The Environmental Protection Agency has proposed new standards that would lower by 45 percent the amount of what it calls total organic air toxics emissions that can be released into the environment during the production of PVC and its copolymer products.
In addition, the proposed rule sets specific air emission limits for vinyl chloride, hydrogen chloride and chlorinated dibenzodioxins and furans, as well as work practice standards for companies.
This is a court-mandated shift in approach from the current rule. That rule was first established in 2002, vacated by the courts, and then revised in 2007. The original rule only set emission limits for vinyl chloride and used vinyl chloride, using those as surrogates for all air emissions from the process.
The highly technical proposal, announced April 18, contains specific emission limits for several portions of the production process, including those from PVC process vents, resin processing, equipment leaks, heat exchangers and storage vessels. There are also new limits on allowable concentrations of those chemicals into waste-water streams.
We're absorbing this new rule that's been proposed by the EPA, said Allen Blakey, vice president of industry and government affairs for the Vinyl Institute in Alexandria, Va. We're learning, as we read the 389 pages, what's in it.
We did a lot of testing to give the EPA data for this rule, Blakely said. We think the data showed we had very low emissions and we hope that's reflected in the rule. We've tried to support the process all along.
According to EPA, eight companies currently operate 17 PVC production facilities in the United States, including six in Louisiana and four in Texas. The agency said that most PVC production facilities in the U.S. manufacture PVC resins that are used to make a large number of commercial and industrial products at other manufacturing plants. Those products include latex paints, coatings, adhesives, clear plastics, rigid plastics, and flooring.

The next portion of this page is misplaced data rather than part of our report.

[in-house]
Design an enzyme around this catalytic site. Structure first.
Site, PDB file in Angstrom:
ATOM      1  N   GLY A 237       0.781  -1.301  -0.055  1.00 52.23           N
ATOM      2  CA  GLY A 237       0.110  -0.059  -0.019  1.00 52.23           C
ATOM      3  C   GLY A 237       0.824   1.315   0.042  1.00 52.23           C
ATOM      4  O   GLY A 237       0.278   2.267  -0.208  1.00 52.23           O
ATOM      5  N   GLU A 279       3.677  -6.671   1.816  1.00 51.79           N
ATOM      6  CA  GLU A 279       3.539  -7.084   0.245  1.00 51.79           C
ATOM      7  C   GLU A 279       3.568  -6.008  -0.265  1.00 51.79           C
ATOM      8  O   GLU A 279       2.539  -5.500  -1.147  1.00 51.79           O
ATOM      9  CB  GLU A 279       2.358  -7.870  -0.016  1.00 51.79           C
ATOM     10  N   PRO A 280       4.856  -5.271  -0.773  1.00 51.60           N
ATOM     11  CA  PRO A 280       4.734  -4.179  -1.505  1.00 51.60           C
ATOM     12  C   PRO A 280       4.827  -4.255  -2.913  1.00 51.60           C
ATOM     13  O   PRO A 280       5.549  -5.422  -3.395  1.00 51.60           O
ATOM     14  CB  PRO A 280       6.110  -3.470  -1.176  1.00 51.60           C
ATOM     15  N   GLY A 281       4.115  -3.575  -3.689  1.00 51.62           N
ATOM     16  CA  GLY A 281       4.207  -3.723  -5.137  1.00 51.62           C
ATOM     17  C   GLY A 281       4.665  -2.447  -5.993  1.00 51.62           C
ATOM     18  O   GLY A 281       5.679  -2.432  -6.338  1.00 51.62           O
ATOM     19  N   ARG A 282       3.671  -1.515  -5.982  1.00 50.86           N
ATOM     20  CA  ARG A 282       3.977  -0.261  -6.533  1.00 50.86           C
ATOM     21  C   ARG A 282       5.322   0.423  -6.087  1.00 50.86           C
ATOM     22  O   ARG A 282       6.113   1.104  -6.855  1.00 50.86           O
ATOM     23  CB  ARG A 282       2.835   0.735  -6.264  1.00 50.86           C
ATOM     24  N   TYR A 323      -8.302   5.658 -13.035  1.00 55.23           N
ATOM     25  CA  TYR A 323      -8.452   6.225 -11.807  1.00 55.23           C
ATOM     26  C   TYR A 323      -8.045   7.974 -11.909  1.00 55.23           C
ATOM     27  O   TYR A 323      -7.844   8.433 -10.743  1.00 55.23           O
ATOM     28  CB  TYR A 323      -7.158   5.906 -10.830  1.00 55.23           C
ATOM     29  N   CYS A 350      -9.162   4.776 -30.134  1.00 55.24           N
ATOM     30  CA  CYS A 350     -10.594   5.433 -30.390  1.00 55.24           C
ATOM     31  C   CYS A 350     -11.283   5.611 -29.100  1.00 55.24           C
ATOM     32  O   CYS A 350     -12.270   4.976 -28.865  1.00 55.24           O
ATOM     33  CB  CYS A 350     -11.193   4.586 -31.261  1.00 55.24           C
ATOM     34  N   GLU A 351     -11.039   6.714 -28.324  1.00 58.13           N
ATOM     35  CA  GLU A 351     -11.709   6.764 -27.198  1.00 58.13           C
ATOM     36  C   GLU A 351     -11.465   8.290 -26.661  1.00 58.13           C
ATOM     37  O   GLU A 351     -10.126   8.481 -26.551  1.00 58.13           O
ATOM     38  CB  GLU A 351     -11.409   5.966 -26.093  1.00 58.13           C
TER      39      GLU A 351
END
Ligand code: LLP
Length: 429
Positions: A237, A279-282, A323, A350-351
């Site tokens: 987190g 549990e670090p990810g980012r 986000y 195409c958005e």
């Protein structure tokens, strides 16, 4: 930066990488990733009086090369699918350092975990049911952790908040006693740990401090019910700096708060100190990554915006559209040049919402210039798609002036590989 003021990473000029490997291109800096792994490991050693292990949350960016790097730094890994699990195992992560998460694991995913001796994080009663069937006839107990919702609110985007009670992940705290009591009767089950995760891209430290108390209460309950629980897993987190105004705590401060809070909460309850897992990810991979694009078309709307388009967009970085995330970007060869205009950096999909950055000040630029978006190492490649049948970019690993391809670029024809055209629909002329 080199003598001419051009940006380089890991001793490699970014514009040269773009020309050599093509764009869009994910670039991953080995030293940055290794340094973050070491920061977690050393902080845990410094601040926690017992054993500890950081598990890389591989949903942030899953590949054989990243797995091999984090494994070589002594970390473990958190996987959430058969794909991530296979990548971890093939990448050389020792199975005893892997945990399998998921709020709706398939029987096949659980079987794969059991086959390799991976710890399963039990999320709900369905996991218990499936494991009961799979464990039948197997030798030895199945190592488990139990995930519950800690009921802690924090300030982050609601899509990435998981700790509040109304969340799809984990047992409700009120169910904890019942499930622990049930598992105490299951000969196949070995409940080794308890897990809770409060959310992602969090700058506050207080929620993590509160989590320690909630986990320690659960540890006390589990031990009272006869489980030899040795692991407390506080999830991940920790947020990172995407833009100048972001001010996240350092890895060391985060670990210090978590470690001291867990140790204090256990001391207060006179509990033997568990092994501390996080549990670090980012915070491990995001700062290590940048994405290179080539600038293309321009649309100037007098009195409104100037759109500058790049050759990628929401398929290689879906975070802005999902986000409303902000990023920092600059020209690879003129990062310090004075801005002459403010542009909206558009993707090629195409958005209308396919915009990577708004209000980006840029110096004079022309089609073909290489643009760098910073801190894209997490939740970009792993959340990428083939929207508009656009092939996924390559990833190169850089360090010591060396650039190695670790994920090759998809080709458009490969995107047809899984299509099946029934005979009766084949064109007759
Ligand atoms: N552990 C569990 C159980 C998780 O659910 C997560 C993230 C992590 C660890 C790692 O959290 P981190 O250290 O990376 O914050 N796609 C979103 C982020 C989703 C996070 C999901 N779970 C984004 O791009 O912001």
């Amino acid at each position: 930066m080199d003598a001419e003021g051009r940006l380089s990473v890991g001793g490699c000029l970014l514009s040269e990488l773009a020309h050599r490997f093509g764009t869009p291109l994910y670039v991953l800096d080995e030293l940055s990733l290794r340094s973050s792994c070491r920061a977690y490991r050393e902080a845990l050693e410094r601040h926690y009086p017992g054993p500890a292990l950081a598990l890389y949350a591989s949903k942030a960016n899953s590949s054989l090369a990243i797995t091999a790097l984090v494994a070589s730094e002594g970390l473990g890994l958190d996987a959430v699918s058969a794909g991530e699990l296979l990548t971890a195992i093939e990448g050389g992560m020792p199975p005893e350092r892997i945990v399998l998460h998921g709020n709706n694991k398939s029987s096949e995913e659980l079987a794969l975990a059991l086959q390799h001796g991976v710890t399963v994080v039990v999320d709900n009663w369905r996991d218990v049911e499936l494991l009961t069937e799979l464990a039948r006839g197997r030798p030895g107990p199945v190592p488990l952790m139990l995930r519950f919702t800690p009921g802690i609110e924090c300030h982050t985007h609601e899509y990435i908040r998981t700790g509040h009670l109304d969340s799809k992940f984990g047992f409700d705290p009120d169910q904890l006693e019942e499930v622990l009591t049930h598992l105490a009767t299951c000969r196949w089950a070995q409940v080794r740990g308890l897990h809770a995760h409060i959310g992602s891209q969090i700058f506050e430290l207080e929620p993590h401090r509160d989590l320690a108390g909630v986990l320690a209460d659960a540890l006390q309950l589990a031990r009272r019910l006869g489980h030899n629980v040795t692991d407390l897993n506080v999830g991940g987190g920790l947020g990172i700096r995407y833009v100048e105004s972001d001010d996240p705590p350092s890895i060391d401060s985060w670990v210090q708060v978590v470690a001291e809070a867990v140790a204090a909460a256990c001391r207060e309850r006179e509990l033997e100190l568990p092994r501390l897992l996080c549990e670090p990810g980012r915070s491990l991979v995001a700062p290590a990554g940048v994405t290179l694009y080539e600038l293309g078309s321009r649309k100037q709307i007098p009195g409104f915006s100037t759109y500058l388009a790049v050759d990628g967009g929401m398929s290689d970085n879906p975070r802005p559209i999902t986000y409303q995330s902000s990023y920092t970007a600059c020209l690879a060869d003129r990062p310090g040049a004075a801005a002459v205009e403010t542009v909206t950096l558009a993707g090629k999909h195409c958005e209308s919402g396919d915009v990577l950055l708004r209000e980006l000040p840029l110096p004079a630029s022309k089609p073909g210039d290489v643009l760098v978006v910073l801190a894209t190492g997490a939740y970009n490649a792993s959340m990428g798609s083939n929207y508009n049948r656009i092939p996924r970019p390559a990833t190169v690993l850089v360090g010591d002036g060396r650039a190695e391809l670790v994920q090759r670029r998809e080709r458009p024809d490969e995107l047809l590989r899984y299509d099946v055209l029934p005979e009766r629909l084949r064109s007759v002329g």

EPA estimates that the new proposed standard would reduce total hazardous air-pollution emissions from PVC production facilities nationwide by 3.14 million pounds annually. That emissions reduction includes 270,000 pounds of vinyl chloride, 66,000 pounds of hydrogen chloride, and 0.022 gram of CDDFs.
The estimated reduction in total air toxic [emissions] is 45 percent, EPA said in an email response to Plastics News. That includes a 30 percent reduction in vinyl chloride, a 12 percent reduction in hydrogen chloride and a 32 percent reduction in chlorinated dibenzodioxins and furans.
EPA estimated the cost of compliance for the industry would total $15.6 million. The majority of that, $12.5 million, will be spent to comply with regulations requiring covers on process vents.
EPA estimated annual compliance costs at $19.7 million in 2010 dollars, or less than 0.7 percent of revenues. The majority of those costs, or $14.5 million, would be to comply with stripped resin emission regulations, it said.
The court-ordered implementation date for the new standard is Jan. 13, 2012, the aftermath of a lawsuit by the Sierra Club. There will be public hearings in Baton Rouge, La., and Houston, and a 60-day public comment period after the proposal officially appears in the Federal Register sometime in the next couple of weeks.
Firms must be in compliance three years after the final rule goes into effect. The rule requires firms making process changes to demonstrate that any added emission points are in compliance with applicable requirements for an existing affected source, and mandates continuous emission monitoring at certain points during PVC production.
Companies can use what they consider maximum achievable control technology, known as MACT, to meet the standards.